We retrospectively reviewed the Medicare database for the 11-year period 1996–2006. This database collects the CPT codes submitted for Medicare payment. We began with 1996 data because Gugliemi detachable coils were approved by the Food and Drug Administration in 1995, making 1996 the first full year this device was available in the U.S. for use in endovascular embolization (3). We studied data through 2006 because these were the most recent data available for our study. The CPT codes associated with craniotomy for clipping of cerebral aneurysms are 61697, surgery of complex intracranial aneurysm, intracranial approach, carotid circulation; 61698, surgery of complex intracranial aneurysm, intracranial approach, vertebrobasilar circulation; 61700, surgery of simple intracranial aneurysm, intracranial approach, carotid circulation; and 61702, surgery of simple intracranial aneurysm, intracranial approach, vertebrobasilar circulation.

Embolization of intracranial aneurysm is coded 61624, transcatheter permanent occlusion or embolization (e.g., for tumor destruction, to achieve hemostasis, to occlude a vascular malformation), percutaneous, any method, central nervous system (intracranial, spinal cord). This code obviously applies to more than just aneurysm coiling, but it is the code most commonly used for aneurysm coiling. The general nature of this code makes it difficult to determine the absolute number of aneurysm coilings in a given year. However, it does allow for generalization or identification of trends in the number of intracranial embolizations.

The patient population studied represents all Medicare patients in the U.S. The majority of Medicare patients are 65 and older, but a smaller proportion represents patients younger than 65 with disability.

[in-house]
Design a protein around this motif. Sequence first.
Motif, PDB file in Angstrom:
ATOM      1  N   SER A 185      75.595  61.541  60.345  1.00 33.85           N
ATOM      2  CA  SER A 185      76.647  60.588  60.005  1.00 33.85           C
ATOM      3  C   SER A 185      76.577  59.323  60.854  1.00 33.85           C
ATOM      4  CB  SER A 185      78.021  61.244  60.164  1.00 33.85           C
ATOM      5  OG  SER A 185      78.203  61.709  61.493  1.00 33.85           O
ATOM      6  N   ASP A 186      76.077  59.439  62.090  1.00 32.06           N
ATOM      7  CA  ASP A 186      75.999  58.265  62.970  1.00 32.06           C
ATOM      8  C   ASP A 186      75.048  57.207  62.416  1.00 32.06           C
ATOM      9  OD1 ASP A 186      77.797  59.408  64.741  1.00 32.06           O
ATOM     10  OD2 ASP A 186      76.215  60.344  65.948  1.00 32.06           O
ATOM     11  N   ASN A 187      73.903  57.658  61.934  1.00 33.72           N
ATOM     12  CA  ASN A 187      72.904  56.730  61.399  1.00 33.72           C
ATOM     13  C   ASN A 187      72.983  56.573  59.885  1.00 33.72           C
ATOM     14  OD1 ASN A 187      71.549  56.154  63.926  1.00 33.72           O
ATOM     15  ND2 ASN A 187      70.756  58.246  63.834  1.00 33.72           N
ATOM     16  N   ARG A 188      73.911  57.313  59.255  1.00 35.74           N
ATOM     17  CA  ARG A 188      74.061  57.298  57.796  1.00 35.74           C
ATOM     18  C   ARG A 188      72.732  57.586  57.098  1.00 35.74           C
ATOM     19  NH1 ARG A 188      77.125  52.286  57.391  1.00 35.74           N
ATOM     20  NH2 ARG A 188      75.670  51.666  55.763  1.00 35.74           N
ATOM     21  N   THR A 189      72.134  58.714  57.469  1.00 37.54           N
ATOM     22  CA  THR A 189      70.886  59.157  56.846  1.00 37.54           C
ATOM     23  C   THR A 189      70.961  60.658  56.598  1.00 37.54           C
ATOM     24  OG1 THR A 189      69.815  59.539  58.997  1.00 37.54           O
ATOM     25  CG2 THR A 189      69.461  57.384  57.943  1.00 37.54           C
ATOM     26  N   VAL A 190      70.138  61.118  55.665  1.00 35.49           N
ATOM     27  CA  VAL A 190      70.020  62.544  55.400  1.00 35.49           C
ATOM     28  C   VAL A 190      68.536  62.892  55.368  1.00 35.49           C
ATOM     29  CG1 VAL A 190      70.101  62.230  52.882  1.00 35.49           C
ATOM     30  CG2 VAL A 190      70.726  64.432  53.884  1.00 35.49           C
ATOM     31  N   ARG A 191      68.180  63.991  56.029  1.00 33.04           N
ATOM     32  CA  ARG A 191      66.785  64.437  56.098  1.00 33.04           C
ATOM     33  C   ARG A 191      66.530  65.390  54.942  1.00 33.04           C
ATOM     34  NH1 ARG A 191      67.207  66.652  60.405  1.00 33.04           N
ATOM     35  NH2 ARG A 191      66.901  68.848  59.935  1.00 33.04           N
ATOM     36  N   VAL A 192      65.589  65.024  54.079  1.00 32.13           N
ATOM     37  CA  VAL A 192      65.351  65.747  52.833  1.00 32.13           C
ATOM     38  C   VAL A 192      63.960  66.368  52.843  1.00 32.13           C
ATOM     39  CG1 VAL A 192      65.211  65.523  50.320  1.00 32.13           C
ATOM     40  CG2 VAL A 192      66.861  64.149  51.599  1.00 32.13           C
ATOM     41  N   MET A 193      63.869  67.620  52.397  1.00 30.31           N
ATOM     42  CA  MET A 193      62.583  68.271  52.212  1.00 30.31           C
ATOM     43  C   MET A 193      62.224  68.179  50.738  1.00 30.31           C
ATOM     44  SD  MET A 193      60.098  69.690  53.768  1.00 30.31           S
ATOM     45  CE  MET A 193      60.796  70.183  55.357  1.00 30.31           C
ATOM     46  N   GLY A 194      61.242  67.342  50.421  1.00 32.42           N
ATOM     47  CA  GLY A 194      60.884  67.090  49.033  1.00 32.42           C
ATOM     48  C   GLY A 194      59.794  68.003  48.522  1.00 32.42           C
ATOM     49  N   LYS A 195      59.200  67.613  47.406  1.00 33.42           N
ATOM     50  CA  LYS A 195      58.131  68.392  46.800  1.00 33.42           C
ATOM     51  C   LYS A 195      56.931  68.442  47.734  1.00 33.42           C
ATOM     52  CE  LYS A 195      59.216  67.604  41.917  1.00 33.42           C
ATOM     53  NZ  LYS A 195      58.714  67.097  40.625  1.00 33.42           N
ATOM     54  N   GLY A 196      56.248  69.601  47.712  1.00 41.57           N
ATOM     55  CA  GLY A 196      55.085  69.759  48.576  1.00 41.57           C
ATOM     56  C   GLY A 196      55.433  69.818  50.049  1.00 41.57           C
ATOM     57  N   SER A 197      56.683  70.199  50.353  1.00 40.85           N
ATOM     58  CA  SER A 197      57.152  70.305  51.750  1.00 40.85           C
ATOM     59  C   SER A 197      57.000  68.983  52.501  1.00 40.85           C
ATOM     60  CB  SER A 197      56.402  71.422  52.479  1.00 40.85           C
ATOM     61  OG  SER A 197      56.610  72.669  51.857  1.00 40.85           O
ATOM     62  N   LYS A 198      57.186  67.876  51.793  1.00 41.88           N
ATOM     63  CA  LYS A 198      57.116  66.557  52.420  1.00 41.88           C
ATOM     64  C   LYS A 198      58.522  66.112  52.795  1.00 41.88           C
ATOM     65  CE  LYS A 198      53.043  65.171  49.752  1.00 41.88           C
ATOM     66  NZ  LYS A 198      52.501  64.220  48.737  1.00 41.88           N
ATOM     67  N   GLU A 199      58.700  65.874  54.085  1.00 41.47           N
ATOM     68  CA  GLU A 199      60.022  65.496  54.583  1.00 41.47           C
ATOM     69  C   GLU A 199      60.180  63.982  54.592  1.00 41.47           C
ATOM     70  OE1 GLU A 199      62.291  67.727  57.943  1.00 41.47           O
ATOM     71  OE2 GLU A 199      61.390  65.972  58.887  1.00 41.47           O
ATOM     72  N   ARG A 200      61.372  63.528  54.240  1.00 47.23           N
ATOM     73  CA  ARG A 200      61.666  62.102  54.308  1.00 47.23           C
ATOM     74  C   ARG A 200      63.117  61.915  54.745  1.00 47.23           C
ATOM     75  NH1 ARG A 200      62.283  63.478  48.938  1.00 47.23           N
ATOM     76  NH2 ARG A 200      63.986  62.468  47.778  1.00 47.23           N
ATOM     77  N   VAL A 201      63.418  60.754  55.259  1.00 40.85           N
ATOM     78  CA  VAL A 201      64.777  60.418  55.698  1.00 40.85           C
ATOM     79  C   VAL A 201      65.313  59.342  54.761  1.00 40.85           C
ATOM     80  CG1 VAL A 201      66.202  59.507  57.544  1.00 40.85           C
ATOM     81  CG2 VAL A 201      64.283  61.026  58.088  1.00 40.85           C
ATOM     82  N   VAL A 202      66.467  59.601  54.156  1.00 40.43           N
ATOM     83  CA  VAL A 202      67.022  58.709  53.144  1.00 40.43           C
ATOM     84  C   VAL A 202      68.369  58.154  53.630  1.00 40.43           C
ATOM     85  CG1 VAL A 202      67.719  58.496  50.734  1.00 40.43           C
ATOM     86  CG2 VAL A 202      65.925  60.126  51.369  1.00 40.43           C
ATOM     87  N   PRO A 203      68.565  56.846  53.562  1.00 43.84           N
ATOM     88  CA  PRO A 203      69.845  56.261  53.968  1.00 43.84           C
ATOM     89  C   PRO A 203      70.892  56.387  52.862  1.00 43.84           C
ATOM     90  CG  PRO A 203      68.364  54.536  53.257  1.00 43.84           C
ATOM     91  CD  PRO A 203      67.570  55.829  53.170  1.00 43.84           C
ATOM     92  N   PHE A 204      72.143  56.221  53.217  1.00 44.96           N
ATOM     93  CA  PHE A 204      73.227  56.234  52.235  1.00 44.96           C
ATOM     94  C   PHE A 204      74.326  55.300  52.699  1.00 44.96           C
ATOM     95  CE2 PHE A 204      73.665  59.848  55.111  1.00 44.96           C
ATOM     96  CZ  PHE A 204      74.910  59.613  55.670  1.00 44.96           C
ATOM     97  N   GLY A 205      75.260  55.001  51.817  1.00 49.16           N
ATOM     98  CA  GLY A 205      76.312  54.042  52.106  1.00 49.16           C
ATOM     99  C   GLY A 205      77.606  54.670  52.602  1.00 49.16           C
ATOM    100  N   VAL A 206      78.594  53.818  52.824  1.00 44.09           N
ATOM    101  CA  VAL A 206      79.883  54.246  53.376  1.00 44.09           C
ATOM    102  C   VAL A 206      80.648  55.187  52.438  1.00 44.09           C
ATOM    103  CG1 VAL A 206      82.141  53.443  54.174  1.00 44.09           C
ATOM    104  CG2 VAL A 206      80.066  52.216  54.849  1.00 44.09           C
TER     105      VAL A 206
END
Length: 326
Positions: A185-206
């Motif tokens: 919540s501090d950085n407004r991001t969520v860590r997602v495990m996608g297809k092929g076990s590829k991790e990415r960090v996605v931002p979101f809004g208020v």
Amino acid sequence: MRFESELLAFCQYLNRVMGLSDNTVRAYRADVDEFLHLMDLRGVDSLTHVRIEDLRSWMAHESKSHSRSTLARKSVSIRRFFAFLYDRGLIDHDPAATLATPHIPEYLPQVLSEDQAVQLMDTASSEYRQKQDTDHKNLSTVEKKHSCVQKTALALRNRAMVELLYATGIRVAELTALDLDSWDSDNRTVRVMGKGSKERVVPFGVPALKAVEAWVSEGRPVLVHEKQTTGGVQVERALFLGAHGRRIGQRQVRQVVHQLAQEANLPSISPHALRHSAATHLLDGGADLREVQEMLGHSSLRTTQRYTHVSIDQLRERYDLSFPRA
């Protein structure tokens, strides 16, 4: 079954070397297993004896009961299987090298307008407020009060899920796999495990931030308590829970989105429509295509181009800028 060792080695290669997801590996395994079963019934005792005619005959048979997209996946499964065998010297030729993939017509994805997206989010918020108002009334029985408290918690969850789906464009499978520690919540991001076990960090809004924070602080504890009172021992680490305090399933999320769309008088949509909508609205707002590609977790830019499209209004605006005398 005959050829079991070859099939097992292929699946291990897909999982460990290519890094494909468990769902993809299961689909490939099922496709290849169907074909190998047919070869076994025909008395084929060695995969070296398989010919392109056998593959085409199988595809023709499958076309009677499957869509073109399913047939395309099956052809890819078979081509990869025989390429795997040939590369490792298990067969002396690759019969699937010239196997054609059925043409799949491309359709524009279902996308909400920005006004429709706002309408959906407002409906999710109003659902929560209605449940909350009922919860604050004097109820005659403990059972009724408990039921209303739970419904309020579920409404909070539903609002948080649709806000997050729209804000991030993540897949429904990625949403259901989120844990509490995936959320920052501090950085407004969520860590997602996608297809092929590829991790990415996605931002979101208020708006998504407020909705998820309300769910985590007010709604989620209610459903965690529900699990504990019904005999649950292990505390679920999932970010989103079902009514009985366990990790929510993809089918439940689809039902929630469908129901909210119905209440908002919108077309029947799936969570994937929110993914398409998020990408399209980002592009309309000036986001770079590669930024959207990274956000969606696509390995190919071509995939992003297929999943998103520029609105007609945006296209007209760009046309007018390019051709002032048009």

An ordinary logistic regression model was created to capture the longitudinal trend for the number of craniotomies performed 1996–2006. The rate of change with a 95 percent CI was computed based on the regression model. The number of embolizations and the total number of procedures also were recorded and tabulated. However, formal statistical analysis was not attempted on these endpoints due to the inherent difficulty in determining the absolute number of aneurysm coilings represented by code 61624, which encompasses repeat embolizations as well as embolization of lesions other than aneurysms.

Craniotomies for aneurysm clipping decreased during the period studied. Procedures coded 61700 decreased from 2,942 in 1996 to 865 in 2006, and those coded 61702 decreased from 262 to 42 (Table 1). The introduction of two new codes in 2001 to denote aneurysms of greater complexity led to a decrease in the number of procedures coded 61700 and 61702, but their introduction should not affect the total number, which decreased from 3,204 to 1,702. Our analysis shows that the number of craniotomies for aneurysm clipping decreased by 131 per year, with 95 percent CI: 109 to 154 (Figure 1).

The number of endovascular embolizations increased from 808 to 5,152 during the period studied, representing a six-fold increase in the number of coiling procedures. The percentage of coiled aneurysms climbed from 20.1 percent in 1996 to 67.0 percent in 2006.